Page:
Widely recognized as the first man to reach the
North Pole, Matthew Henson's journey began in the Old Line State. Born
in Nanjemoy, Charles County on August 8, 1866, Matthew Alexander Henson
began traveling the world at the ripe age of 13. Henson's mother died
when he was very young, and his father died shortly after moving the family
to Georgetown, right outside of Washington DC. Orphaned at age 11, Henson
worked odd jobs around DC, until the age of 13 when he reportedly walked
to Baltimore City seeking work on a ship in hopes of exploring the world.
In 1879, he found himself on an expedition to China on the merchant ship
Katie Hines, which set sail from Baltimore's harbor. Years later,
after meeting Captain Robert Peary, the two men set out to reach the North
Pole in 1891. By that time, Henson had already made expeditions to Japan,
Spain, Russia, and Nicaragua. Between 1891 and 1908, Henson and Peary made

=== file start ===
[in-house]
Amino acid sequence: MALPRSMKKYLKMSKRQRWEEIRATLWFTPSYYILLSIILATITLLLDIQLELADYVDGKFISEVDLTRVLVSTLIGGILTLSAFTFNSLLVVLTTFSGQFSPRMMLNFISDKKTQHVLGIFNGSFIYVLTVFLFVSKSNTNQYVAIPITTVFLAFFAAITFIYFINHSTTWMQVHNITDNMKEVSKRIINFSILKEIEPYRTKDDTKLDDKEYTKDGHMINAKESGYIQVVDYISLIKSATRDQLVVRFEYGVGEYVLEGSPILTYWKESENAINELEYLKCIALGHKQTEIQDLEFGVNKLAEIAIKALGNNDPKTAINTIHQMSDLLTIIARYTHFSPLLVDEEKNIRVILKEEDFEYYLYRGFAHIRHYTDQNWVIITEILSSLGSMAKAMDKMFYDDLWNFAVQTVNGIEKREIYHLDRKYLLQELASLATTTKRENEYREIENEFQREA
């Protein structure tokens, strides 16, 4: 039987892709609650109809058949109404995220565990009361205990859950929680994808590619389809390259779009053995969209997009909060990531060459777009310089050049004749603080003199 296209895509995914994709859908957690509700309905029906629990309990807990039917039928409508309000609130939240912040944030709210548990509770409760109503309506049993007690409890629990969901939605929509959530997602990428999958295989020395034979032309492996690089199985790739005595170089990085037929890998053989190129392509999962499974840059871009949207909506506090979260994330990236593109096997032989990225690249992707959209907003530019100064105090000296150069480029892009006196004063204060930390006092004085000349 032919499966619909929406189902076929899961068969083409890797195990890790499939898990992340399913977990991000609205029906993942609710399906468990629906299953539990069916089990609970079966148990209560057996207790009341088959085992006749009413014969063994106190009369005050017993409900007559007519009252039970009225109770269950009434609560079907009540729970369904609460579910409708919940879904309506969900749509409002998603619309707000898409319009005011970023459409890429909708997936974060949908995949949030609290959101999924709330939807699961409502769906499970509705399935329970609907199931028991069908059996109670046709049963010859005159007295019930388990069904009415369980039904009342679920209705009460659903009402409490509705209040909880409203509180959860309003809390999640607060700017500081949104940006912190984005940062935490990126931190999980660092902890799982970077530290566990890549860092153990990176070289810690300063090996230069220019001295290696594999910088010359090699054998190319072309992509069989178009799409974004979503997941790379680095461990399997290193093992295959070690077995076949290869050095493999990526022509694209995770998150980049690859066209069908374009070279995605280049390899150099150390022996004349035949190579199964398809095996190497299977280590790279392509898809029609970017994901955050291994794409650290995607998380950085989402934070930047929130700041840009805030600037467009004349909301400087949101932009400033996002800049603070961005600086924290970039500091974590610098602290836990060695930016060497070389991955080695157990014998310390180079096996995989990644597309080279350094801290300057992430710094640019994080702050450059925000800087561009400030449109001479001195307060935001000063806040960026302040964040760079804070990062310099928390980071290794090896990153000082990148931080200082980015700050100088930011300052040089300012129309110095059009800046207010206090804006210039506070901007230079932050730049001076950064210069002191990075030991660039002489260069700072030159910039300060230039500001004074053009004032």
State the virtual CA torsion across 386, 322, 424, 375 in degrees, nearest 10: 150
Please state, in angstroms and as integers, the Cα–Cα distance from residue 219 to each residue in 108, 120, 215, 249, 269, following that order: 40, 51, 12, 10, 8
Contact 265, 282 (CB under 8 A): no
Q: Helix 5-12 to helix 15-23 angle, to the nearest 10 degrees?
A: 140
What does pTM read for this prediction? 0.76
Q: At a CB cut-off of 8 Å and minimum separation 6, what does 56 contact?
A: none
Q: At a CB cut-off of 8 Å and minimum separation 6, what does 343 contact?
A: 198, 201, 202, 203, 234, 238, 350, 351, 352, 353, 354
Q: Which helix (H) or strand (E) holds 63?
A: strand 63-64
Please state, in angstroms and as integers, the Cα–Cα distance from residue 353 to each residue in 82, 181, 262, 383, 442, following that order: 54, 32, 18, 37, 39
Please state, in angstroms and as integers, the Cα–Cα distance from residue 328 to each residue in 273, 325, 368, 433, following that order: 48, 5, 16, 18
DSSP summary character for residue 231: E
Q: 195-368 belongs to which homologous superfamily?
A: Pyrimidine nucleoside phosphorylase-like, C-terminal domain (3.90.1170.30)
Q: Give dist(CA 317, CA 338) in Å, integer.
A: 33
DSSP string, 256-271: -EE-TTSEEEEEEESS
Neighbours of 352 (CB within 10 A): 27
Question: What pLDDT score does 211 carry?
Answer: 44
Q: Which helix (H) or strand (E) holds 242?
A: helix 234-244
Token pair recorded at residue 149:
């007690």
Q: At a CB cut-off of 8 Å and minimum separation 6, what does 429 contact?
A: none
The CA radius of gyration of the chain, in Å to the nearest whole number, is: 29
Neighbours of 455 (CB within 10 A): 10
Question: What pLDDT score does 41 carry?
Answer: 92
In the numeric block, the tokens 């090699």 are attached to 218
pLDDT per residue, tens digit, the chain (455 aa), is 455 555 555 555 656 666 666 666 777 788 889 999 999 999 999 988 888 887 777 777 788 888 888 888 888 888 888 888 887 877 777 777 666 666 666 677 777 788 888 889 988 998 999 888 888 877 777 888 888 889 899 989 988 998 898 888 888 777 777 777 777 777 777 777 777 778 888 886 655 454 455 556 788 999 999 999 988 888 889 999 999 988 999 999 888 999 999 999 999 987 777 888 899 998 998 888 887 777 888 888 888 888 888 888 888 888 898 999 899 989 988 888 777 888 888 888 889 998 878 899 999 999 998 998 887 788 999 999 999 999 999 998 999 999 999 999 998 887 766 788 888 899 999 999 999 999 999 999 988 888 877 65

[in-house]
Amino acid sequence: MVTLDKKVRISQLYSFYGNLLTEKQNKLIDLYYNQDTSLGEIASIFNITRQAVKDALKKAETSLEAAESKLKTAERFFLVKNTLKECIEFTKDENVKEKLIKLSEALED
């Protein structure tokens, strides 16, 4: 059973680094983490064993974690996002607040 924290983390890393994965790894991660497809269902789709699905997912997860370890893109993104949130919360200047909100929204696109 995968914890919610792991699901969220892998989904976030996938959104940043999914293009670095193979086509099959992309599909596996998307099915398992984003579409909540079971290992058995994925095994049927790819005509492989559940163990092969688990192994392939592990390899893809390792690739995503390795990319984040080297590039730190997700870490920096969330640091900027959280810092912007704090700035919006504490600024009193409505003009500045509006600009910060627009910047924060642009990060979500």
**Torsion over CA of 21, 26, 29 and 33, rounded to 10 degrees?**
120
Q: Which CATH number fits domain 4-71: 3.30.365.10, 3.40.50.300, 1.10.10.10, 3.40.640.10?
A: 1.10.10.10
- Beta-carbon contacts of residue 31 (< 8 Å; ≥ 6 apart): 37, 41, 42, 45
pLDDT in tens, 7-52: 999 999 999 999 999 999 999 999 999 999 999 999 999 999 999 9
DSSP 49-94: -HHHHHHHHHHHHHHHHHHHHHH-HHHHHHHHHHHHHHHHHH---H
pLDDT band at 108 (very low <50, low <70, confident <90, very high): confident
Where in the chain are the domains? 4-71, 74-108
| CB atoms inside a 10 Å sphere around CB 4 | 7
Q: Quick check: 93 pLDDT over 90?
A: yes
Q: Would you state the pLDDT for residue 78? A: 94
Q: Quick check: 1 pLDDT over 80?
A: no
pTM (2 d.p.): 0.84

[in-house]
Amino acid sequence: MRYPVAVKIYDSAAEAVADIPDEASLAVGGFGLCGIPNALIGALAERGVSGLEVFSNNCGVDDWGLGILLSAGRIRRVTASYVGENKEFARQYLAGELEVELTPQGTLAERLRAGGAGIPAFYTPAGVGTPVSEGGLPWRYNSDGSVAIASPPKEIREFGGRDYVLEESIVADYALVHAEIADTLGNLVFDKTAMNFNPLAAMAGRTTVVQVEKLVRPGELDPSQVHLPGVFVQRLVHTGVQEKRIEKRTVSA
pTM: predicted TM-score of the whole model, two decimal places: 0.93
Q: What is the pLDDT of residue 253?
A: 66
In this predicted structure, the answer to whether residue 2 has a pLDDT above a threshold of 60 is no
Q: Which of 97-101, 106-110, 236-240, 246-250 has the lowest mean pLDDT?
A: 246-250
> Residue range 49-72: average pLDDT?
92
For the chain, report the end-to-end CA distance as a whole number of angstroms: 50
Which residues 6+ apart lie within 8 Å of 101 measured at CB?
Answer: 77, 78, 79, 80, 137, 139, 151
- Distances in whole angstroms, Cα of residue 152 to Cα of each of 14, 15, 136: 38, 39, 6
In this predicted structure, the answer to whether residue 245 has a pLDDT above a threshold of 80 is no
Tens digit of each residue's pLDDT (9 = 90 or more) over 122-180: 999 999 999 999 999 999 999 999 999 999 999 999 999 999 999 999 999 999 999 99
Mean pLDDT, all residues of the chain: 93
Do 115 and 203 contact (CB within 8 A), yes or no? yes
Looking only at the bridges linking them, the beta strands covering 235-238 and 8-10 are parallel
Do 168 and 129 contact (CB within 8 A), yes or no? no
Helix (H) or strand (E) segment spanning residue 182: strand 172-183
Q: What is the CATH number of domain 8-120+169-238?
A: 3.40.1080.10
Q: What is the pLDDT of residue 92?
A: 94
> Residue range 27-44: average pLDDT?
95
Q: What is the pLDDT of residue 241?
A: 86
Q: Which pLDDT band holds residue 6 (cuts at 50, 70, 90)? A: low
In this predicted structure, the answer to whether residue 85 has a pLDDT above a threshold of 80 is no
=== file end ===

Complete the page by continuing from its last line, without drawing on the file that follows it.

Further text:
six attempts at reaching the "top of the world," but with little success.
Their final attempt in 1909 proved to be the breakthrough. On April 9,
1909, Henson, Peary and four Eskimos in their party planted the United States
flag and other mementos at 89' 57'N, the coordinates they believed were the
northern tip of the world. Although later evidence showed that they did
not quite reach the extreme pole, no one at that time had traveled as far.
It took years for Henson to receive recognition as the "first" man to the
Pole, Captain Peary took much of the credit for the journey, and Henson felt
no one would believe that he actually arrived at the Pole forty-five minutes
before Peary, who was slowed by exhaustion and frostbite. But Henson soon
received his due, and was honored in his home state on November 18, 1961,
six years after his death on March 9, 1955, with a plaque that hangs in the
State House in Annapolis. Henson's plaque was the first state-sponsored memorial
honoring an African American.
Copyright November 18, 2005 Maryland State Archives